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Actavis can continue to perform while integrating Allergan into its business, CEO Brent Saunders told CNBC on Wednesday after the company posted a better-than-expected adjusted quarterly profit.
"In fairness, we have a lot going on with the integrations, the deals, and people worried that our people can't stay focused on executing in the business while we have all this stuff going on, and we keep proving quarter after quarter that that's not true," he said in a "Squawk Box" interview.
The drugmaker also announced that it will adopt the name Allergan after a deal to purchase the company for $66 billion closes.
"When you look at those two equities, both had lots of value, but Allergan really stood for innovation, it stood for customer focus, and that really describes I think the new company we are today better than Actavis," Saunders said.
The acquisition is on track to close by early next quarter, he added.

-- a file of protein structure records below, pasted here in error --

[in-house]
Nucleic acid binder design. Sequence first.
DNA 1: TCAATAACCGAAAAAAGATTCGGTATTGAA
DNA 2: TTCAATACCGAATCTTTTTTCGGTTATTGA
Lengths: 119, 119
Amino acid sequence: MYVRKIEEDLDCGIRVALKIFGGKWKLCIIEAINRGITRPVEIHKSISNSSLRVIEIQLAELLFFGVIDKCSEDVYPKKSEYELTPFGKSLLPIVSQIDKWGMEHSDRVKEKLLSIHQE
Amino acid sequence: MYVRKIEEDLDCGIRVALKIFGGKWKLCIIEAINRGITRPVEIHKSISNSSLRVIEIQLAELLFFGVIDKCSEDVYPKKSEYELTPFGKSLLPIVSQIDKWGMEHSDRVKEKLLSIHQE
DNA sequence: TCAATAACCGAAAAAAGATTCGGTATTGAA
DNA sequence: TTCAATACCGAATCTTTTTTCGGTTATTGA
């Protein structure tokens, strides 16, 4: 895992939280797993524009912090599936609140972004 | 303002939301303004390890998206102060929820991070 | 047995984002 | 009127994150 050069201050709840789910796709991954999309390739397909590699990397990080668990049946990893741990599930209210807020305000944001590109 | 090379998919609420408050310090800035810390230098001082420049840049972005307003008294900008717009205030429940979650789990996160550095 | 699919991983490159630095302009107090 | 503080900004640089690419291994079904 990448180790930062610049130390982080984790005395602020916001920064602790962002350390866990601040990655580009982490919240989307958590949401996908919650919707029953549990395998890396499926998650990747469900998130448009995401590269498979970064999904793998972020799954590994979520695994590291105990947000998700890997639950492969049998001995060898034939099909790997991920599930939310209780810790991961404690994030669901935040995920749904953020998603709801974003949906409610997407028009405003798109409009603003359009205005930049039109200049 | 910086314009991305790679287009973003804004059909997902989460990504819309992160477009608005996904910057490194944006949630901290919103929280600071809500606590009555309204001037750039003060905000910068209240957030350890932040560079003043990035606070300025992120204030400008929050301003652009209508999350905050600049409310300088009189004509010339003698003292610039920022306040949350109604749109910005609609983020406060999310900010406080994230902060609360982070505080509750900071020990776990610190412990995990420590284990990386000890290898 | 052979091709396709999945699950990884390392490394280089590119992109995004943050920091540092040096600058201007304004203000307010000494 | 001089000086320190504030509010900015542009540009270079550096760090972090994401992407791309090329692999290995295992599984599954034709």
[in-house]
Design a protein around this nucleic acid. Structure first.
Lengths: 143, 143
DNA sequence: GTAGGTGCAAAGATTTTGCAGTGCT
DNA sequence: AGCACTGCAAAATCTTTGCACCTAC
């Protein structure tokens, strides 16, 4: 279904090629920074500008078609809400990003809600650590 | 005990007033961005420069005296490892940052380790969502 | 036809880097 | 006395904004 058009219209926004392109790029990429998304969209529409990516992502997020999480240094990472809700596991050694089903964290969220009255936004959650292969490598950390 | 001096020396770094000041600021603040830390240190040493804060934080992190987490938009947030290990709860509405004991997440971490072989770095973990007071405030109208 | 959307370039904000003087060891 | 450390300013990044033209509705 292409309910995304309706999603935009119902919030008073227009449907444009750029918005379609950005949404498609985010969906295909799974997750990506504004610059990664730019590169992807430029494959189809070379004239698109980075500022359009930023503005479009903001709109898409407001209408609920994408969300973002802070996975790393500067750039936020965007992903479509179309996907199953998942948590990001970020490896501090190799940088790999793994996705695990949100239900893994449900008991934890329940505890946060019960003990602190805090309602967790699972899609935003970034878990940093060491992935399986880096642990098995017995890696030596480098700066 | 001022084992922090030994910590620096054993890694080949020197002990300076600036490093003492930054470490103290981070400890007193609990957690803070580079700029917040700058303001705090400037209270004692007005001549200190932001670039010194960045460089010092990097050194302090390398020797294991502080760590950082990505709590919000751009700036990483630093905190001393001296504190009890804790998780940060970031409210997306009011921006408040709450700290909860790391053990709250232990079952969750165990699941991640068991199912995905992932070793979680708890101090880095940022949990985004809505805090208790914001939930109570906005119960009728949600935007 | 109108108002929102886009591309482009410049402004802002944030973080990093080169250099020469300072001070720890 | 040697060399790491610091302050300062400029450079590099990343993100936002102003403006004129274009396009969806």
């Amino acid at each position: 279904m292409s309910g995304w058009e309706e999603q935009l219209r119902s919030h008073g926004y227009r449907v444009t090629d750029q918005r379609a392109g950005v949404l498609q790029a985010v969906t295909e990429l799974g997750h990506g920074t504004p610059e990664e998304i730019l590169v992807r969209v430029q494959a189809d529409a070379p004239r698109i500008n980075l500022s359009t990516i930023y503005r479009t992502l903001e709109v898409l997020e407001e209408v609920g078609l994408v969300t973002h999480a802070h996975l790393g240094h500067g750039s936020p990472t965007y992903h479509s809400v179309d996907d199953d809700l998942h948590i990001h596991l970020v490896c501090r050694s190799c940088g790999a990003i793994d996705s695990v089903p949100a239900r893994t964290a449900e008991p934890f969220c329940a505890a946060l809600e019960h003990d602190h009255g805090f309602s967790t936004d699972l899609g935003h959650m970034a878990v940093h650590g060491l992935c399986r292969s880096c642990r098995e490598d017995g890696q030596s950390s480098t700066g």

The preference is to grow organically rather than through mergers and acquisitions, he said. Actavis has done about $100 billion of deals in the past year alone.
However, Saunders declined to say what percentage of revenue the company would allocate to research and development, saying that metric is "horrible" and has gotten big pharma in a lot of trouble.
"If you spend just as a percentage of revenue, what happens? You then put junk into the pipeline to get up to that number, or you have great projects to go after, but you can't do it because you don't want to go over that number," he said. "Why can't you just spend against things that make sense?"
The company will invest about $1.7 billion into research and development next year, he said.
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He urged investors to look at the number of products coming out and the productivity of the money spent on those releases.
Actavis's fourth quarter earnings were helped by higher sales of its branded drugs in North America.
The company's net loss widened to $732.9 million, or $2.76 per share, in the fourth quarter that ended Dec. 31 from $148.4 million, or 86 cents per share, a year earlier.
However, on an adjusted basis the company earned $3.91 per share. Analysts on average had expected $3.67, according to Thomson Reuters.
Net revenue rose 46 percent to $4.06 billion. Total North American brands revenue nearly tripled to $1.83 billion.
—Reuters contributed to this story.